CELYPHA WOODIANA (BARRETT):
A RARE AND LOCALISED INSECT FOR RECORDERS TO LOOK OUT FOR
In 1878 Dr. J.H. Wood, who was a Herefordshire General Practitioner and amateur entomologist who lived at Tarrington, first identified a small tortricid moth, which was named in his honour by Barrett, who wrote its scientific description from his specimens. In 1892 Wood discovered its life history. He wrote in the Victoria County History of 1908 "orchards, the moth at rest on the trunks of the apple trees and the larva (more frequent) mining the leaves of mistletoe. There is no record of its having occurred outside the county, and it is apparently unknown abroad". Bradley and Tremewan (1979) give its known range as "Northern and central Europe to U.S.S.R." In Britain it has only ever been found in Herefordshire, Worcestershire, Gloucestershire, Monmouthshire, Somerset, and in just over the border in Warwickshire.
I have found the larvae on mistletoe on pear and apple trees in an old orchard at Drakes Broughton in May 1980, and I bred seven moths. It was also found on mistletoe on a planted Rowan tree beside the Droitwich Road in Claines, Worcester in May 1980, adjacent to some old apple trees in an allotment. These trees have now gone. I have not found it anywhere else, but Michael Harper has found it very locally in a few old orchards in Herefordshire. Most of the old orchards in both counties have now been grubbed up and this is a very threatened habitat. Surveys of mistletoe suggest that the plant is doing well despite the loss of orchards because it is able to live on other trees and shrubs, especially Poplars, Limes, and Hawthorns. We do not know however if the moth can survive on mistletoe in these situations, and I feel we should try to survey mistletoe for the presence of woodiana in the two counties.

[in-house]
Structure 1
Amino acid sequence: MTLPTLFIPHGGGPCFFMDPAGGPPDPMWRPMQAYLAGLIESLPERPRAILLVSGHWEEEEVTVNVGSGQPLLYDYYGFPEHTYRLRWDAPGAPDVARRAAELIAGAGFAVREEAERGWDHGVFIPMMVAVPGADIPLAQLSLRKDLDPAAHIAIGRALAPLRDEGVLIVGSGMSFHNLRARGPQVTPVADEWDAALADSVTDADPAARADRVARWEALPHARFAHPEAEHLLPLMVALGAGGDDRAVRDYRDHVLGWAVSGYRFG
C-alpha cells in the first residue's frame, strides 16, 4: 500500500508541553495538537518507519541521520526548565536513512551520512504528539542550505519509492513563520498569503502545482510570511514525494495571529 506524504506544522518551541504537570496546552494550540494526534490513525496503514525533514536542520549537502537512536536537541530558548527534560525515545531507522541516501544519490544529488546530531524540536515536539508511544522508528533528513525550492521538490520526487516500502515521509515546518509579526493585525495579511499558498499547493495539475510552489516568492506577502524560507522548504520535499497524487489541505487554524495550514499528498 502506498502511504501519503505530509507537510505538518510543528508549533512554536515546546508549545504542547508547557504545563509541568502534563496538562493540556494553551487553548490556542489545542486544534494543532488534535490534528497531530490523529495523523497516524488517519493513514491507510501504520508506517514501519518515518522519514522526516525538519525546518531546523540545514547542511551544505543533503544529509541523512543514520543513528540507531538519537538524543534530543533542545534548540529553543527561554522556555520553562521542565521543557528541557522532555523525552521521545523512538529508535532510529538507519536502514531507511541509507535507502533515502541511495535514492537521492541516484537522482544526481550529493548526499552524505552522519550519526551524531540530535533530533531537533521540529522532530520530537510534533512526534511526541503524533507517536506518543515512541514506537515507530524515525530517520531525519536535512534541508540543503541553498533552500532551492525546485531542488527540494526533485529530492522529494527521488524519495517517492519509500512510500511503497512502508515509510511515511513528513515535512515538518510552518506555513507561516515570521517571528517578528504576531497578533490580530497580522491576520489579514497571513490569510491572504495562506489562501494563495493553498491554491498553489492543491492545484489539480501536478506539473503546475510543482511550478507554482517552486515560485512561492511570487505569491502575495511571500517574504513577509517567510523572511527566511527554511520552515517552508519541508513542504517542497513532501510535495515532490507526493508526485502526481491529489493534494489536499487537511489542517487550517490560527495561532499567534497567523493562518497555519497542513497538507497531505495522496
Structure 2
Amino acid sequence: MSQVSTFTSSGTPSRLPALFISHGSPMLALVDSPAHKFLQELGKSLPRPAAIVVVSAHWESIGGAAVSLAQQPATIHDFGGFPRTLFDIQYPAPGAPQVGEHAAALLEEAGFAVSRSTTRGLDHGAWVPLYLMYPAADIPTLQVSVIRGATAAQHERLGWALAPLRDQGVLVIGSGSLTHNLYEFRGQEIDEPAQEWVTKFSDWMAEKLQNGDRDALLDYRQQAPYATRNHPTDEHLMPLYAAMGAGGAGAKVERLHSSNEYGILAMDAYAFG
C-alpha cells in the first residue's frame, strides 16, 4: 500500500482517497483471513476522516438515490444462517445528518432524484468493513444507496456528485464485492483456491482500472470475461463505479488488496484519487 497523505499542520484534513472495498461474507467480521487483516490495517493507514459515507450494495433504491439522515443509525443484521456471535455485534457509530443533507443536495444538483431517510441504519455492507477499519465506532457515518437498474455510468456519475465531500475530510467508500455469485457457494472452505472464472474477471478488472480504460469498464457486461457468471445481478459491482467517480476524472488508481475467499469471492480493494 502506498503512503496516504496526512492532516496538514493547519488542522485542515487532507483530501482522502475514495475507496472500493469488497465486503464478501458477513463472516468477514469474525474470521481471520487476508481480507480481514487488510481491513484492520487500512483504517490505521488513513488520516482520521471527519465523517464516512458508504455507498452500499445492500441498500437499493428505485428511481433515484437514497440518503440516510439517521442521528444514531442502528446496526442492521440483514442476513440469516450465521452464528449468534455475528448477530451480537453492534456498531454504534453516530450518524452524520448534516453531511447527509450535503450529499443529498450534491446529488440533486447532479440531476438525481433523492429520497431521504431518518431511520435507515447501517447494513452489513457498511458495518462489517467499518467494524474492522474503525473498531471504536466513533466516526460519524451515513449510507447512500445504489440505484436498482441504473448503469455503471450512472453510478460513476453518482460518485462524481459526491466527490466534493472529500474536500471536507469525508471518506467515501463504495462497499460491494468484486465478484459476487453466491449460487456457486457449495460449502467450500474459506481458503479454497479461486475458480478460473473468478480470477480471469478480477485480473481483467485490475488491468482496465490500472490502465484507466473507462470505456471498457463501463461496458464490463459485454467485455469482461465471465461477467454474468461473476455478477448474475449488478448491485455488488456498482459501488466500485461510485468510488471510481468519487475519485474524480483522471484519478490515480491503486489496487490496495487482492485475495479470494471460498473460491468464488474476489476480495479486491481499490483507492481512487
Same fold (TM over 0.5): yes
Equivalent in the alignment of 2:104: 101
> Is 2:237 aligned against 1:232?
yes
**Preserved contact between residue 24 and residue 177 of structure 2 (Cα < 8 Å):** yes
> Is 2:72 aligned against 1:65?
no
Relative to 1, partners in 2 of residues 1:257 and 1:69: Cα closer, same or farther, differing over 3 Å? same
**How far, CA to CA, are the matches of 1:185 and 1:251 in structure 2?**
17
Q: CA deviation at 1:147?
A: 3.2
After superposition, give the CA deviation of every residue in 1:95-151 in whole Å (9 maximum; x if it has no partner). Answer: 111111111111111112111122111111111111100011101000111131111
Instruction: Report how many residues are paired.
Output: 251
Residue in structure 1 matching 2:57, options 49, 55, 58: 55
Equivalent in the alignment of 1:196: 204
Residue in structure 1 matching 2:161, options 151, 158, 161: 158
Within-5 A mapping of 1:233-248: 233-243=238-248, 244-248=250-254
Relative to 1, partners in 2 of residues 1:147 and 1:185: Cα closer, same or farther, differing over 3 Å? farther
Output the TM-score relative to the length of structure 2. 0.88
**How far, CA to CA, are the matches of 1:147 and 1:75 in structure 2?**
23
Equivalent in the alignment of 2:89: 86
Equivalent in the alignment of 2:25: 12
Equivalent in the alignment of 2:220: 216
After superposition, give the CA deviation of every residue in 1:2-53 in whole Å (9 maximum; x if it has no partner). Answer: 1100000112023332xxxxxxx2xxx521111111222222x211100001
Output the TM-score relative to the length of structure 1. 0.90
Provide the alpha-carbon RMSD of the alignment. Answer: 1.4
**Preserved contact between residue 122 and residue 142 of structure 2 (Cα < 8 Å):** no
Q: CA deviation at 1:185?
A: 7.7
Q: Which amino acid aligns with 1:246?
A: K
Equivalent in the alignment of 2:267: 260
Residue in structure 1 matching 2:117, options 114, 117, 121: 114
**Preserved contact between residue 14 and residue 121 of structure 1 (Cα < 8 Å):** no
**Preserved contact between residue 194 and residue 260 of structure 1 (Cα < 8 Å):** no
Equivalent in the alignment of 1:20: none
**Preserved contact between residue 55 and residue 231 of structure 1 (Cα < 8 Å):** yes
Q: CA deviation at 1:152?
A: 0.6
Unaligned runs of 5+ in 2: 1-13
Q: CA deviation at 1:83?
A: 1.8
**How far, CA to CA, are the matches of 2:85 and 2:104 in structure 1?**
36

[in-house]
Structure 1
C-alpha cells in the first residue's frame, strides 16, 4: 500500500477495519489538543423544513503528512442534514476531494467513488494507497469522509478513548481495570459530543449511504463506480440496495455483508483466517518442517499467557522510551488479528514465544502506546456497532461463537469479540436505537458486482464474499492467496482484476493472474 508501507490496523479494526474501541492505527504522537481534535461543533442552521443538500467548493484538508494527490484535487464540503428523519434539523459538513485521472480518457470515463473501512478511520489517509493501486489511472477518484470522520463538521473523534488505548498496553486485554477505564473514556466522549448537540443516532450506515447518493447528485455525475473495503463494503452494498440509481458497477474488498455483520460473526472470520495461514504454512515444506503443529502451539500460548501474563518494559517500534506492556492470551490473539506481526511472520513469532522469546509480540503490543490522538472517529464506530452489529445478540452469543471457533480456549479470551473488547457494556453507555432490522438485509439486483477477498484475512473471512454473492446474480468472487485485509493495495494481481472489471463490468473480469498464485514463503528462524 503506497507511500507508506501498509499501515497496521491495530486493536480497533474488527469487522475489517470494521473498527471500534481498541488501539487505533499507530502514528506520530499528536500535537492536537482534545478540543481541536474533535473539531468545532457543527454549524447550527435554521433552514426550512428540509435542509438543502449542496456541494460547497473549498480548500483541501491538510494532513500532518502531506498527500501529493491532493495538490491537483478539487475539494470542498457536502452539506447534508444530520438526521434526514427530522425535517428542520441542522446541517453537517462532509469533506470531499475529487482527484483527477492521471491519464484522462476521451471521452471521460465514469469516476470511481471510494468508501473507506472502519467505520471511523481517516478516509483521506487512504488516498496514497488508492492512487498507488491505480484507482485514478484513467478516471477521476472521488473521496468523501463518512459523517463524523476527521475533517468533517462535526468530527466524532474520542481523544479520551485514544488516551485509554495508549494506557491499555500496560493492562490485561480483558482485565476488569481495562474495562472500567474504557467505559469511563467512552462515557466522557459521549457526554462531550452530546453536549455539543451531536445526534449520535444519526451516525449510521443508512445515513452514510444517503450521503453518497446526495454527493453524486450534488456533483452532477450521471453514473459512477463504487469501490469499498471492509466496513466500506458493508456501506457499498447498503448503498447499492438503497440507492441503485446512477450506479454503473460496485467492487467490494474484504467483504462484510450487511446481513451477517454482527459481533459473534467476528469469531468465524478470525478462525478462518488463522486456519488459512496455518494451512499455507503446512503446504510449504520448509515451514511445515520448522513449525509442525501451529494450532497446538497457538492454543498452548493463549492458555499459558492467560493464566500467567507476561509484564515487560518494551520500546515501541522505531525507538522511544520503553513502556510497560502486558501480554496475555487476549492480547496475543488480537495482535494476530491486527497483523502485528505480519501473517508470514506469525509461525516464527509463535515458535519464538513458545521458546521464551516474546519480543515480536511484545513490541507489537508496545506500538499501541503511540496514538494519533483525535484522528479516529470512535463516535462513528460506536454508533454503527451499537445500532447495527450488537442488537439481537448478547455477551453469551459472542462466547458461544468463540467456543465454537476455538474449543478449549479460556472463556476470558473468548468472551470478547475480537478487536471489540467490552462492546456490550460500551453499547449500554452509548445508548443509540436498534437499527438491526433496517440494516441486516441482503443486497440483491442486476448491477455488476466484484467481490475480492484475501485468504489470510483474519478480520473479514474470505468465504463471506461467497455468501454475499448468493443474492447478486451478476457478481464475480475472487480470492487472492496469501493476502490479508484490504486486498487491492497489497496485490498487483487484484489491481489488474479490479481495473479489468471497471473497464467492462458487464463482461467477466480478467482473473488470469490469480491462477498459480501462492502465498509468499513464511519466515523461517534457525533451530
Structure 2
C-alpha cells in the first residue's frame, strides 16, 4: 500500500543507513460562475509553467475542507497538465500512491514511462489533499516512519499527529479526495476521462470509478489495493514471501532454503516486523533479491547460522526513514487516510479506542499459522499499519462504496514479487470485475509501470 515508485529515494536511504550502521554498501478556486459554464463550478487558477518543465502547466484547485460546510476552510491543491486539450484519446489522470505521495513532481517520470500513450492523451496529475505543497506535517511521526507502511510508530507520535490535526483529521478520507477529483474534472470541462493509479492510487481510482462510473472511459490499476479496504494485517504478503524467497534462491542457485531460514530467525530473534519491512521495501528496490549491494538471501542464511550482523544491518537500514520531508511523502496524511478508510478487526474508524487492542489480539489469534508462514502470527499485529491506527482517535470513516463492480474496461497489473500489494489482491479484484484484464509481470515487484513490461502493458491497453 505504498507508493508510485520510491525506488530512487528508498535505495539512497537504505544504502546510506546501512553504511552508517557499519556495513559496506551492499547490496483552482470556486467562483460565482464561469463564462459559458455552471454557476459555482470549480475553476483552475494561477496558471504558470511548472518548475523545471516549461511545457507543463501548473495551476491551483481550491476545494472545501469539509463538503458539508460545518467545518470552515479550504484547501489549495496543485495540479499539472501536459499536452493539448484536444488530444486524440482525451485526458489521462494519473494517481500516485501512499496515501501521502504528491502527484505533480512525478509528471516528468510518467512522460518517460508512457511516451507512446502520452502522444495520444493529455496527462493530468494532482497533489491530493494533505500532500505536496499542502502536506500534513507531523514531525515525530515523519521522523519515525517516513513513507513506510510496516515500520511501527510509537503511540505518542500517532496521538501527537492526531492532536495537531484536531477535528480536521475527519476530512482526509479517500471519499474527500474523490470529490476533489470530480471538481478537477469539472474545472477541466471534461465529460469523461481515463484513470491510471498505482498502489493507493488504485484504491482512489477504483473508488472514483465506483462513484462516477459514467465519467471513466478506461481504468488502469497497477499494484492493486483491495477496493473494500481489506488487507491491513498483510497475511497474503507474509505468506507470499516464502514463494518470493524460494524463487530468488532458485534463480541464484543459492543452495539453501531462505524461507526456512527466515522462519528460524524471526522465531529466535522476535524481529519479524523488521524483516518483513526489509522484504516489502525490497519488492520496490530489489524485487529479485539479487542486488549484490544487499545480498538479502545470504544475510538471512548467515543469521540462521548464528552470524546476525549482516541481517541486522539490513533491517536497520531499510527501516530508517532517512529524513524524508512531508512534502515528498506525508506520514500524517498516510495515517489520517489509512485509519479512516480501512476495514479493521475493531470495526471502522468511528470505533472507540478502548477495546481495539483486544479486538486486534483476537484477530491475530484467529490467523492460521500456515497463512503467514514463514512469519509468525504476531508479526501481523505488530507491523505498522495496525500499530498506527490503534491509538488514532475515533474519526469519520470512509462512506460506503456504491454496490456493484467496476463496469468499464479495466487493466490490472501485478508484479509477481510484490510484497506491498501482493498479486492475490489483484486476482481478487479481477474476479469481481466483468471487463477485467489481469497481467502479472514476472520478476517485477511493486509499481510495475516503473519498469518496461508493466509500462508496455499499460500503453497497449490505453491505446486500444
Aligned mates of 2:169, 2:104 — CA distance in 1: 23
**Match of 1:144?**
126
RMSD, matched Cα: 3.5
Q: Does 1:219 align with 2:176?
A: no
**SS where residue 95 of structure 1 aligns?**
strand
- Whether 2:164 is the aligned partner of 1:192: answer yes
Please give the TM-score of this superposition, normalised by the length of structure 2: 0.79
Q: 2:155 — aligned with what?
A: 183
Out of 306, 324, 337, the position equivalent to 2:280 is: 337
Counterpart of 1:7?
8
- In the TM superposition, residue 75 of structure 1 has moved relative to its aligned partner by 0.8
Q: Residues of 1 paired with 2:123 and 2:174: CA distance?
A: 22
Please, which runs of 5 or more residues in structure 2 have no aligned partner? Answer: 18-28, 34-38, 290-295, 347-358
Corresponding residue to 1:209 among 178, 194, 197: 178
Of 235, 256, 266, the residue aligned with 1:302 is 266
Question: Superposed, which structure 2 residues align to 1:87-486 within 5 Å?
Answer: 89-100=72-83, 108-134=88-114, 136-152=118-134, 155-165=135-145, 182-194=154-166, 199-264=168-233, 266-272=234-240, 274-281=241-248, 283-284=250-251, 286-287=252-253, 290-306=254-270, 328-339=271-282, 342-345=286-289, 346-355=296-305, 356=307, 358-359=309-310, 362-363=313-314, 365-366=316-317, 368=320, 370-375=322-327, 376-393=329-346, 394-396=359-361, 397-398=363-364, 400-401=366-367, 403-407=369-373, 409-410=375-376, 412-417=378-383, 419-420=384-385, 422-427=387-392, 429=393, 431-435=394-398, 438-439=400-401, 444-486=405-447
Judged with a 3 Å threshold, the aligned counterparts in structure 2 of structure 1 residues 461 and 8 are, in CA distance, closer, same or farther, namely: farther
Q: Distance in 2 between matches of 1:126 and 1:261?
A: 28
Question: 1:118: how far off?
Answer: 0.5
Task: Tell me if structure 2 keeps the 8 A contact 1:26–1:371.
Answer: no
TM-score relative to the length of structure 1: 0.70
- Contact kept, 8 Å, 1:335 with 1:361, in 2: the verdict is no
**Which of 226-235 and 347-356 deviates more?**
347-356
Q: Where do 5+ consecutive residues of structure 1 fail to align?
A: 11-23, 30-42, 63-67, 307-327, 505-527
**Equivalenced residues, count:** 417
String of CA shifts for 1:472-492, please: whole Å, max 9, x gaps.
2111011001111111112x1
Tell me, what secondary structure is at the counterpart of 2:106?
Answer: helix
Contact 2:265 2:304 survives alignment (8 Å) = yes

This is easier said than done however! The small green larva mines in the leaves of mistletoe from the autumn. At first the mines are very inconspicuous, but in April and early May it makes inflated blister-like mines in the leaves, which are initially pale but when vacated go dark brown. Later in June the mined leaves fall off, and so old mines are usually no longer visible after this time. Finding the moth resting on tree trunks would be a much less easy way of finding it. Therefore the mines would only be likely to be found at the end of April and May. The other problem is that most of the mistletoe clumps are out of reach from the ground without the use of a ladder. Mistletoe on larger trees such as Poplars and Limes would be almost entirely out of reach to all practical purposes. One way, once one could confidently identify the mines, might be to use binoculars to find them on the higher trees, or at least use this method as a survey to identify potential mines from below. This method has not yet been shown to be useful and accurate however.
We would like to ask recorders to look for possible mined leaves in April and May, and if they are accessible (usually in orchard or garden fruit trees), pick a few and keep them, and give or send them to us for confirmation. Please do not take any risks by climbing trees, and avoid going up tall trees altogether! If you have or see any likely mistletoe mines please give us a ring. For Worcestershire: Tony Simpson on 01886 832637, and for Herefordshire Michael Harper on 01531 632030.
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